Yesterday, in TC Heartland LLC v. Kraft Foods Group Brands, No. 16-341, the United States Supreme Court significantly changed the geography where future patent infringement suits can be filed. The patent venue statute, 28 U.S.C § 1400(b), provides that a patent-infringement lawsuit may be brought either (1) in a State where the defendant resides or (2) where the defendant has committed acts of infringement and has a regular and established place of business. In TC Heartland, the Supreme Court concluded that the “residence requirement” of the patent venue statute refers only to the State of incorporation of domestic corporations. By interpreting “resides” as “is incorporated,” the Supreme Court has significantly restricted where patent owners can file infringement lawsuits.
In the TC Heartland decision, the Supreme Court reversed 27-year old Federal Circuit precedent. In VE Holding Corp. v. Johnson Gas Appliance Co., 917 F. 2d 1574 (1990), the Federal Circuit held that venue under 28 U.S.C. § 1400(b) is proper “in a State where the defendant is subject to the court’s personal jurisdiction.” In VE Holding, the Federal Circuit held that the definition of “corporate residence” provided in the general venue statute, 28 U.S.C. § 1391(c), applied to the patent venue statute. Section 1391(c) provides, in relevant part:
an entity with the capacity to sue and be sued in its common name under applicable law, whether or not incorporated, shall be deemed to reside, if a defendant, in any judicial district in which such defendant is subject to the court’s personal jurisdiction with respect to the civil action in question …
By ruling that personal jurisdiction can satisfy the requirements of § 1400(b), the Federal Circuit opened the door to patent-infringement lawsuits in many different states and jurisdictions. Many have argued that such a broad interpretation of venue led to the unjustifiable filing of thousands of patent-infringement suits in “patent friendly” jurisdictions such as the Eastern District of Texas.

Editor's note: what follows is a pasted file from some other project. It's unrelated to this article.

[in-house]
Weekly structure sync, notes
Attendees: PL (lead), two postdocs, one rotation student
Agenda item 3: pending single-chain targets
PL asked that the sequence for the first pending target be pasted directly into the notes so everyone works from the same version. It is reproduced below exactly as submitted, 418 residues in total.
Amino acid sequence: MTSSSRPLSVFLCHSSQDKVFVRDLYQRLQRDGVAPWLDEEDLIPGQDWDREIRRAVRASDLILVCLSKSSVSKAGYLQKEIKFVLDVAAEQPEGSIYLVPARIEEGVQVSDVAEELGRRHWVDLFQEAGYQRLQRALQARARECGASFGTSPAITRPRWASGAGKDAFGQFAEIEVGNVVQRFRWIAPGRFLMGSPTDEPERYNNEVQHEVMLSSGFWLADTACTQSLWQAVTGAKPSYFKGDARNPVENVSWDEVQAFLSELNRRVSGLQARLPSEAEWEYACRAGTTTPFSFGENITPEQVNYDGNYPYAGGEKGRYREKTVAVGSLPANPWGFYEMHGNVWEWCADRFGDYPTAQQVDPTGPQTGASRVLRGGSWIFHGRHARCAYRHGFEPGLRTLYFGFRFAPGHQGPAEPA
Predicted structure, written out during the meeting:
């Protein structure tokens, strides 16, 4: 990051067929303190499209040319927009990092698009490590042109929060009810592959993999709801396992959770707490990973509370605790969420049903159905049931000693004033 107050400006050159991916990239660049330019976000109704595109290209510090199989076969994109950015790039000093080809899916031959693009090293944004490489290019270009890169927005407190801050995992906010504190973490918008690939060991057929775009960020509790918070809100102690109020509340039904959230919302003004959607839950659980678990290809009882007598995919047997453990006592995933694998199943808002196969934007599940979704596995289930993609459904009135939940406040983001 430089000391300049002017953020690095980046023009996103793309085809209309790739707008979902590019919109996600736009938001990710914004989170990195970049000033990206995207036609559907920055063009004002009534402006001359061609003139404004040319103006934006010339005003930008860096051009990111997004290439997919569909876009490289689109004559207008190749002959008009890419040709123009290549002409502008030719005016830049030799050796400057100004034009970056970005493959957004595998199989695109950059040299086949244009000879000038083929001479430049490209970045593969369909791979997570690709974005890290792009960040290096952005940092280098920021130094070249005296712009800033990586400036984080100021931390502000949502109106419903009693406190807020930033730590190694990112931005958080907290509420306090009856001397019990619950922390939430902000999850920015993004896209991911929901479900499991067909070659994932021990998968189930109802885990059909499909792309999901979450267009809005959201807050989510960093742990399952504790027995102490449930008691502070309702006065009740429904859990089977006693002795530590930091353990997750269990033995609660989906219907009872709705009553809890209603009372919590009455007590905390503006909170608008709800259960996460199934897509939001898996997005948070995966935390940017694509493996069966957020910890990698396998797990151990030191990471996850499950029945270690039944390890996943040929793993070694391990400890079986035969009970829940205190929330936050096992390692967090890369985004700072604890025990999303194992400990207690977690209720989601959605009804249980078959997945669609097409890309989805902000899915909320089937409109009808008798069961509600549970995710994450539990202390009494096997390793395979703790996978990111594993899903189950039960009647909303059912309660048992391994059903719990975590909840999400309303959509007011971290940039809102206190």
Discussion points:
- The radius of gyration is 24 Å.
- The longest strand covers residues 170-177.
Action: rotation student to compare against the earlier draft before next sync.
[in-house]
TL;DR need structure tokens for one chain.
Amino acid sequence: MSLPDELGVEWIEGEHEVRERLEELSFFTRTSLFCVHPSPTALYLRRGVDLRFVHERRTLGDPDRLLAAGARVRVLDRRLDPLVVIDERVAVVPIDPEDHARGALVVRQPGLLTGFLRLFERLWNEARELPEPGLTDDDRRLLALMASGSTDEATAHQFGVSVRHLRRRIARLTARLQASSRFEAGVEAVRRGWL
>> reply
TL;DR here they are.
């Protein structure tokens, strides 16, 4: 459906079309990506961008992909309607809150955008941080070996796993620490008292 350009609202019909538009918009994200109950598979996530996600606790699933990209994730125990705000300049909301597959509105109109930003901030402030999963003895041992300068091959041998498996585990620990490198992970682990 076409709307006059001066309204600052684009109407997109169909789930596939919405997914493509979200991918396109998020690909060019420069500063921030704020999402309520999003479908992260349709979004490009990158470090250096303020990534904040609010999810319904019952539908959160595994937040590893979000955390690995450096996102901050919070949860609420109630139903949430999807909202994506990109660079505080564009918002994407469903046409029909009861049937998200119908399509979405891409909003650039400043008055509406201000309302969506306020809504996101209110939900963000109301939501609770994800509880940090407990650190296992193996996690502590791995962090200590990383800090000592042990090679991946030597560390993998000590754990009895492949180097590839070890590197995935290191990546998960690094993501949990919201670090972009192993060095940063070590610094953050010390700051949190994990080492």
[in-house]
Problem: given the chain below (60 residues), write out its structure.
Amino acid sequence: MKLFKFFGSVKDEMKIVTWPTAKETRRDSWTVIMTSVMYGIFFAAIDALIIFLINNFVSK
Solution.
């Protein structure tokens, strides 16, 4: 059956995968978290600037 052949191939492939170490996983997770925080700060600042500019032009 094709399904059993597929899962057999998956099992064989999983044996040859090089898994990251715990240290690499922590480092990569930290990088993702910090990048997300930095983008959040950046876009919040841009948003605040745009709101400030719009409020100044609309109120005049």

At the Federal Circuit, TC Heartland did not argue that VE Holding was wrongly decided. Rather, TC Heartland argued only that the 2011 Amendments to § 1391(c) rendered the statute inapplicable to § 1400(b), and, as a result, VE Holding no longer applied. The Federal Circuit disagreed, stating that the 2011 Amendments to the general venue statute that were relevant to TC Heartland’s appeal were minor and did not change the application of § 1391(c) to § 1400(b) or the court’s ruling in VE Holding.
In yesterday’s decision, the Supreme Court disagreed with both TC Heartland and the Federal Circuit. In a decision that walks through the legal history of venue in patent cases (and is sure to excite a few legal historians), the Supreme Court traced the understanding of venue from the Judiciary Act of 1789 to today. Characterizing its 1957 holding in Fourco Glass Co. v. Transmirra Products Corp., 353 U.S. 222 (1957), as “definitively and unambiguously” holding that “residence” in § 1400(b) refers only to a domestic corporation’s state of incorporation, the Court determined that the only question before it was “whether Congress changed the meaning of § 1400(b) when it amended § 1391.”
In VE Holdings, the Federal Circuit determined that by ratifying the 1988 Amendments to § 1391(c), Congress applied the general venue statue to § 1400(b), rendering Fourco Glass inapplicable. In the current decision, the Supreme Court disagreed. The Court found no “indication that Congress intended to alter the meaning of § 1400(b) as interpreted in Fourco” and “no indication that Congress in 2011 ratified the Federal Circuit’s decision in VE Holding.” Accordingly, the Supreme Court overruled VE Holdings and concluded that, for the purpose of § 1400(b), a corporation “resides” only in its state of incorporation
For the past twenty-seven years, patent holders and alleged infringers have understood that personal jurisdiction can satisfy the venue requirements for patent-infringement litigation. This change in the application of 28 U.S.C. § 1400(b) will encourage corporations to review their selected state of incorporation as well as their “regular and established place of business,” which influence where they may be drawn into patent-infringement actions. Those involved in current patent-infringement litigation will want to assess whether there is a strategic opportunity to transfer the case for improper venue and/or whether venue has been waived.
We encourage our clients and readers to call us at Sheppard Mullin for assistance and advice regarding the changing landscape of patent venue.